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Tututni (also called (Lower) Rogue River (Athabascan)) is the name of a Native American people originally located in southern Oregon in the United States. Rogue River in its narrower sense refers to the Rogue River Athabascan tribes who speak two closely related languages Lower Rogue River (or Tututni) and Upper Rogue River (or Galice-Applegate). In its broader sense, Rogue River refers to Rogue River Indians who are a conglomeration of many tribal groups in the Rogue River Valley area, belonging to the three language families: Athabascan, Takelma and Shastan. The principal tribes grouped under the name Rogue River Indians were: the Latgawa (Upland Takelma), Takelma (Lowland or River Takelma), Shasta (Chasta), Lower Rogue River Athabascan (or Tututni) tribes, including: the Upper Coquille (Mishikwutinetunne, Mishi-qute-me-tunne - ″the people dwelling on the river Mishi″) tribe (Coquille River Area), Shasta Costa tribe, Yukichetunne or (Yugweeche, Eu-qua-chees) tribe (Euchre Creek Area), and Tututni tribe (Lower Rogue River Area) and Upper Rogue River Athabascan (Galice-Applegate) tribes, including: the Taltushtuntede or (Tal-tuc-tun-te-de) tribe (Galice Creek Area) and Dakubetede (Da-ku-be-te-de) tribe (Applegate Area). The total estimated population of these tribes in 1850 was about 9,500. The French Canadian employees of the Hudson's Bay Company called them all "coquins", meaning "Rogues", where the designation Rogue River comes from.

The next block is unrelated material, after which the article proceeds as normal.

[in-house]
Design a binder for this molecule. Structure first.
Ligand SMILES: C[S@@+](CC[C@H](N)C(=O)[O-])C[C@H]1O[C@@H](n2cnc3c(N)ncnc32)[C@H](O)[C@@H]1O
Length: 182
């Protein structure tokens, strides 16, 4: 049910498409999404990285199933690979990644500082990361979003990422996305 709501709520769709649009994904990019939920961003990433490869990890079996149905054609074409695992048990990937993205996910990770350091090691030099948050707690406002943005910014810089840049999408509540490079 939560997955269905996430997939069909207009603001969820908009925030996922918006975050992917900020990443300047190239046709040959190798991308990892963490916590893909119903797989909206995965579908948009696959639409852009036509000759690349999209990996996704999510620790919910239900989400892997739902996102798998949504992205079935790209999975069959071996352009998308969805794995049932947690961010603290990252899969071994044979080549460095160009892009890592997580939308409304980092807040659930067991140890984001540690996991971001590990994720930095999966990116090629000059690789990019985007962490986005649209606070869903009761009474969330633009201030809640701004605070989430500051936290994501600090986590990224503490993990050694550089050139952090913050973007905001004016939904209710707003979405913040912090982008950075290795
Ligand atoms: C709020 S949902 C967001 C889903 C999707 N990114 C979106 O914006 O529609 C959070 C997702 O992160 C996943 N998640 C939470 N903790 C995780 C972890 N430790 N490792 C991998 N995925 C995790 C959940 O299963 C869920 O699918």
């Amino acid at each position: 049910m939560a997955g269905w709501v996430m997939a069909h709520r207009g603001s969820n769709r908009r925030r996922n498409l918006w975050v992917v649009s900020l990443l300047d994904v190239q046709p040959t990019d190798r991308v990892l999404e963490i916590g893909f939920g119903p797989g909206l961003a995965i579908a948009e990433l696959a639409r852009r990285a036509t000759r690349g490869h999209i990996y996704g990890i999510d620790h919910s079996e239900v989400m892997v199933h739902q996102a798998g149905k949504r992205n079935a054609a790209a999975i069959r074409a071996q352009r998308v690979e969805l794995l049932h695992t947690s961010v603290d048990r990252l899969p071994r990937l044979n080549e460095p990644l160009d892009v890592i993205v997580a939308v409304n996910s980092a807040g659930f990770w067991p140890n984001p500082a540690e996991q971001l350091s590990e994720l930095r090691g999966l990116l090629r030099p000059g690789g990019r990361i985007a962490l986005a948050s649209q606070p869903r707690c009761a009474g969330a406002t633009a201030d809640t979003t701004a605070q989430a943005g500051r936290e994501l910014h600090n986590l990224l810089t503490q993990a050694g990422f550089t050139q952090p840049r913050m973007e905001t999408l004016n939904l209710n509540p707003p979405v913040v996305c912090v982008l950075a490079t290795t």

After the Rogue River Wars in 1856, bands of the Rogue River Indians were split between the Confederated Tribes of Siletz and the Confederated Tribes of the Grand Ronde Community of Oregon, relocating to either the Siletz Indian Reservation north of the tribe's traditional lands or to the Grand Ronde Indian Reservation. Some of the tribal members were never captured and were forced to wander.